Models for our Movement: Let’s Get Religious

“We, as atheists, are on the cusp of a new civil rights movement.” So said Ellenbeth Wachs, former president of Atheists of Florida, before launching into a version of Martin Luther King’s “I Have a Dream” speech in which references to African Americans were replaced with references to nonbelievers. “America has given the atheists a bad check”, she declaimed. “Now is the time to rise from the dark and desolate valley of segregation to the sunlit path of religious justice!”

Wachs’ display was an extreme example, but it is surprisingly common for even prominent secular leaders to draw casual parallels between the secular movement and the civil rights movement. Ron Lindsay, president and CEO of the Center for Inquiry (a fantastic organization for which I have the utmost respect), made such a comparison in an article regarding the role of atheists in interfaith work:

“It’s nice that some politicians are finally willing to acknowledge [atheists'] existence, but are we so desperate for acceptance that we’ll allow others to condescendingly misdescribe us as adherents of a faith? Sorry, but I can’t get too excited about being permitted to drink at the Whites Only fountain because we can “pass.””

The reference to segregated water fountains and racial passing confirms Lindsay’s view that, in some sense, there is a meaningful analogy to be drawn between the African American civil rights struggle and the position of atheists in the USA in the 21st Century.

More frequently, it is the LGBTQ movement which has been used as the yardstick by which strategies to advance secular goals are measured. We are told, again and again, that atheists must “come out of the closet“, and thousands of words have been written on what the atheist movement can learn from the LGBTQ movement. The comparison has now become a commonplace: it is impossible to visit an atheist conference without hearing numerous references to they gay movement and its suggested similarities with the atheist movements. The comparison has even reached mainstream literature: “Atheism, I realize,” opines a character in Sing You Home (Jodi Picoult’s latest book), “is the new gay.”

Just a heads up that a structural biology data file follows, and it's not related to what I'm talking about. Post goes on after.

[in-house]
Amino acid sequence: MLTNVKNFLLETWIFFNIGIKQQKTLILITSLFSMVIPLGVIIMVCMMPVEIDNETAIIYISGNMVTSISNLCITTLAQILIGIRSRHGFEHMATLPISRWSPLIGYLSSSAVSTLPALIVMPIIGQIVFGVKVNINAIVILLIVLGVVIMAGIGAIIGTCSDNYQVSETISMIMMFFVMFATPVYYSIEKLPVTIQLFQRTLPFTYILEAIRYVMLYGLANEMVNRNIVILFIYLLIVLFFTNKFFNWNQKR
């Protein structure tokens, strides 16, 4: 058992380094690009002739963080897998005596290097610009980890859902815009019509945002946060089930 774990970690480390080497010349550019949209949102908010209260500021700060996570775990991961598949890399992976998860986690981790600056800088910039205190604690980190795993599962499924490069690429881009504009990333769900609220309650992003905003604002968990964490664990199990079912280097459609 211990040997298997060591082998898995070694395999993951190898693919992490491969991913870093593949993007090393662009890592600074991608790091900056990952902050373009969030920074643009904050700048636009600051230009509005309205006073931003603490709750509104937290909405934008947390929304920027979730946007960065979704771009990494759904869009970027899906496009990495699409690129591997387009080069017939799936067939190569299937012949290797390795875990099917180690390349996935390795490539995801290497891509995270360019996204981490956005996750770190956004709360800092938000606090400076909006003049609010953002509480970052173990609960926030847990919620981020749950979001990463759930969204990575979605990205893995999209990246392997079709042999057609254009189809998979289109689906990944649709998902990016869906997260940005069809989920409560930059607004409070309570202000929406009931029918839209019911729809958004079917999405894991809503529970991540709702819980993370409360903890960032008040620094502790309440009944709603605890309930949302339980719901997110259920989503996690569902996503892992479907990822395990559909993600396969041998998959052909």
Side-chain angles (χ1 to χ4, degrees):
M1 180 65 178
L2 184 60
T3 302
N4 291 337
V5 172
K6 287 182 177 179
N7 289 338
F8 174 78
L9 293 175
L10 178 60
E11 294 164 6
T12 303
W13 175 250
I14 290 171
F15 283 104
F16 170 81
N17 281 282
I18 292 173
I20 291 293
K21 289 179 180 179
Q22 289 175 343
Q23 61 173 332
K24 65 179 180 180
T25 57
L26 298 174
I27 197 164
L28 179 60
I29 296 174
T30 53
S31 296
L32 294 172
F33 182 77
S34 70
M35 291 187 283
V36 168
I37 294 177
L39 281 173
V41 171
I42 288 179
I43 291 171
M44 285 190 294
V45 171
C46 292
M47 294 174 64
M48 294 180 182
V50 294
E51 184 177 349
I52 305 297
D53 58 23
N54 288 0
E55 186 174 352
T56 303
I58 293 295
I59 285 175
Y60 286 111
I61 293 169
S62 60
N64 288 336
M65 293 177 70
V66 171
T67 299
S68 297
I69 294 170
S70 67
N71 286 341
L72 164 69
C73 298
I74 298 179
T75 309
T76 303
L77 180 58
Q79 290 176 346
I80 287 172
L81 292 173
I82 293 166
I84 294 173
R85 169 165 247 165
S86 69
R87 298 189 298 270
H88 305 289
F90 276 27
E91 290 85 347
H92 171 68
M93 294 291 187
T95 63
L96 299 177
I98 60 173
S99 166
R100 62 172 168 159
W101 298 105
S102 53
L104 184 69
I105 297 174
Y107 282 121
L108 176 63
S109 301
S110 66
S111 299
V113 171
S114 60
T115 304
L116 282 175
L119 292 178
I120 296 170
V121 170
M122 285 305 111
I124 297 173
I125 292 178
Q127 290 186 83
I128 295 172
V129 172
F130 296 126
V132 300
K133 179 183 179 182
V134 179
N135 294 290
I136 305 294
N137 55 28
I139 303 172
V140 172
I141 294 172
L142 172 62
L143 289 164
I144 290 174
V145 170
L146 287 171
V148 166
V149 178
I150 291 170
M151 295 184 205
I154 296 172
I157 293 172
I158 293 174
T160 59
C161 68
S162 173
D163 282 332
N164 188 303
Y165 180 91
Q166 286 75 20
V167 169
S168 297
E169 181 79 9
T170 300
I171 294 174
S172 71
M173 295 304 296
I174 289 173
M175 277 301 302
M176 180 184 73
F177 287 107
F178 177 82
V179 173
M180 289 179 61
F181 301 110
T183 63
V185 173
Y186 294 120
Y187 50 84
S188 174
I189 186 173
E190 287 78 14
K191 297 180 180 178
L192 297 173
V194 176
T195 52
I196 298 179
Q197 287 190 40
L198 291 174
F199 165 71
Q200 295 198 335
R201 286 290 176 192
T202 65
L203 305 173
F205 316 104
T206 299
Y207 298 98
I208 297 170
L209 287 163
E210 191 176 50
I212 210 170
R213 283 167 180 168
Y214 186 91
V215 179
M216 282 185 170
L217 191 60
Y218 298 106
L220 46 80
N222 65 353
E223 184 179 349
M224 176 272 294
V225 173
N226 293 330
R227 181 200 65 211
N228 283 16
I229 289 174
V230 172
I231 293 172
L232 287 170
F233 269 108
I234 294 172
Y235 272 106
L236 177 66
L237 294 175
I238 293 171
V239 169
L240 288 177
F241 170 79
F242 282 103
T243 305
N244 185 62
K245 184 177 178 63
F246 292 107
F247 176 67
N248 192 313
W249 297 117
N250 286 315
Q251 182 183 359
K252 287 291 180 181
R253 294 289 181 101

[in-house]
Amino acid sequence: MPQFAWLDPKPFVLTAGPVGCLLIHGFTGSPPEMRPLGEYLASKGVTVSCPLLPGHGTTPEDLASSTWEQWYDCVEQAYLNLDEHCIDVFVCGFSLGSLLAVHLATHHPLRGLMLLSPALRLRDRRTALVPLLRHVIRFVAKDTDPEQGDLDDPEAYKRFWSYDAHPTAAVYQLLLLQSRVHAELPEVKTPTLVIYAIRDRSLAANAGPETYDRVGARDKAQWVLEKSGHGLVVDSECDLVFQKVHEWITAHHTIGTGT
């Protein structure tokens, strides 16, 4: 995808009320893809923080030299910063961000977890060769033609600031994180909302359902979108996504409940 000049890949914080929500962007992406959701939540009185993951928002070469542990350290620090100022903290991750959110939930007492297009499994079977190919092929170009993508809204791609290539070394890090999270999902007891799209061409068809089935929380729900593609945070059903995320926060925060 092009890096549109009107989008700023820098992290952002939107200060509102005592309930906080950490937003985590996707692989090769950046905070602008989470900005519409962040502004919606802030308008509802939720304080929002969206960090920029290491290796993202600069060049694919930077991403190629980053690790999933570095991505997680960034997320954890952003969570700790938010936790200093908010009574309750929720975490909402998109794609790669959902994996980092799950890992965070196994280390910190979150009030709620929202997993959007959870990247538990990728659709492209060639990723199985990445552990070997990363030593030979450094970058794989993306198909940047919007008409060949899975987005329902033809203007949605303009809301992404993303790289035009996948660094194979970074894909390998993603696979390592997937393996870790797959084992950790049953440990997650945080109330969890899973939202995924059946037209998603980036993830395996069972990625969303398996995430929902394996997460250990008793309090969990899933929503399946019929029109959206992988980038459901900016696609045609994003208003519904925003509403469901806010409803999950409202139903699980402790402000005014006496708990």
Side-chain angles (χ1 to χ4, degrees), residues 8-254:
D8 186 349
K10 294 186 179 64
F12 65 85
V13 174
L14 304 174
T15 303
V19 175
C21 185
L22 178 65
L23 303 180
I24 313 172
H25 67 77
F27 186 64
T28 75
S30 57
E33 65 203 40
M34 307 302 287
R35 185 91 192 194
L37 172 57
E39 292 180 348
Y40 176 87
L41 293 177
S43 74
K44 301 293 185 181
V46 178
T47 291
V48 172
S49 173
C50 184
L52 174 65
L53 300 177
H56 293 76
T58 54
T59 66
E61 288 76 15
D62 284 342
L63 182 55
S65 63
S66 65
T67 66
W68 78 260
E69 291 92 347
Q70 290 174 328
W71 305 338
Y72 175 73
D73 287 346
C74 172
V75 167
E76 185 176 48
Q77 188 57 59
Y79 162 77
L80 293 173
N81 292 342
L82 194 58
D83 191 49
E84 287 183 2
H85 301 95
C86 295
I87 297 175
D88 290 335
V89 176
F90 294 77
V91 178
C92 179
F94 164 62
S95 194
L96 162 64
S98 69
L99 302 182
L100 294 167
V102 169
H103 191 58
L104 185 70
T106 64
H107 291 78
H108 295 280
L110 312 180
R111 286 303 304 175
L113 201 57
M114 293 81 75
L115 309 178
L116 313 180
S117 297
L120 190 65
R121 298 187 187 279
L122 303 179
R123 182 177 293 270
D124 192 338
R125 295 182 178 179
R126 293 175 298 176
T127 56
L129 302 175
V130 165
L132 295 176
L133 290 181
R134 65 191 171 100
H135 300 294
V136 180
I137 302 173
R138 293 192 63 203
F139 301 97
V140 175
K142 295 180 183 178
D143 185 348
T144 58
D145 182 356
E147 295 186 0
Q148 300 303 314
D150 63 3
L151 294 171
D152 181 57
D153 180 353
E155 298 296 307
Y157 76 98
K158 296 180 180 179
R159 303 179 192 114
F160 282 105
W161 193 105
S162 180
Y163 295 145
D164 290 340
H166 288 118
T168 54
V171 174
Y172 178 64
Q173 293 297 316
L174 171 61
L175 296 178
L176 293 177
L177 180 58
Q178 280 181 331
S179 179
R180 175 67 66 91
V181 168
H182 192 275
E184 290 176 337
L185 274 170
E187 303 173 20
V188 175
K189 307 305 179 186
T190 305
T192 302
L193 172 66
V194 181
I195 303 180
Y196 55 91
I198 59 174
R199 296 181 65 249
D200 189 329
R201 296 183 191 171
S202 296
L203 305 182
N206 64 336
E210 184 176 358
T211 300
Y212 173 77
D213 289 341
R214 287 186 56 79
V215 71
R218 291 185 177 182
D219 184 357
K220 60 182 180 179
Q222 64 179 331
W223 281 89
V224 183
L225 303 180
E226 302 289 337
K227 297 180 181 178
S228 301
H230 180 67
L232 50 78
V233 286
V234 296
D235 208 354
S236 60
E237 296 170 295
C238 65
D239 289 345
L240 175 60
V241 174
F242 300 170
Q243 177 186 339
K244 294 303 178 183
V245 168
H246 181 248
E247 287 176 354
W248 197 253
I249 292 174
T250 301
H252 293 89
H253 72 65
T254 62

The desire to find ways to compare our fledgling movement to other historical movements is understandable. As the secular movement grows and gains power, and as we raise our aspirations, our need to organize effectively to achieve our goals becomes more pressing. It is natural that we look to other social movements for inspiration and guidance, and frequently the comparisons made and the lessons drawn are extremely valuable. Greta Christina’s talk on Atheism and the LGBT movement is an excellent example of an intelligent analysis yielding valuable strategic advice for atheists who seek to engage in effective activism. Often, however, comparisons to other movements skip over essential differences while leaving other potential models unexamined.

In my view, the closest parallel to the Humanist movement (which I see as distinct, to a degree, from the atheist movement), is not the civil rights struggle, or the fight for LGBTQ liberation, but religious movements which have sought acceptance, understanding and growth for their religious creed, practice or identity. This may seem a stretch: how can an explicitly nonreligious movement like Humanism be compared fruitfully with movements defined most significantly by their religious character? But I think the comparison is apt and valuable.

Consider:

  1. Humanism is a lifestance which orients an individual or community toward a set of values and metaphysical commitments, in the same way a religious worldview does.
  2. Humanism is an ethical practice which encourages those who adhere to it to act in accordance with their highest ideals, just as a religious creed is expected to affect the choices of a believer.
  3. Humanists, although anti-authoritarian and wary of proselytizing, nonetheless seek the widest possible acceptance of Humanist principles in order to promote human welfare, just as many religious traditions seek to spread their faith.
  4. Modern Humanism has traditionally sought to develop a Humanist society by affecting legislation at the local, national and, ultimately, international levels, making it a movement with political aspirations in a similar way to many more activist religious movements.
  5. Humanists currently face distrust, misunderstanding, and sometimes outright discrimination in ways which are similar (though not identical) to the distrust and misunderstanding faced by many minority religious communities (such as Catholics historically, or Mormons and Muslims today).
  6. Minority religious groups often face a complex interwoven network of oppressive practices, ranging from attacks on their identity and values (such as stereotyping: “atheists are unpatriotic and unprincipled”), de jure discrimination (atheists barred from legally hold office in some states, even if those laws are unconstitutional), de facto discrimination (the inability of atheists to achieve public office even if they are legally allowed to hold it), and social prejudice (African American atheists finding it difficult to find a date).

If my analysis is at all convincing, and it is in fact minority religious movements which provide the most accurate model for understanding the challenges of 21st Century Humanism, then this leads to a number of strategic conclusions.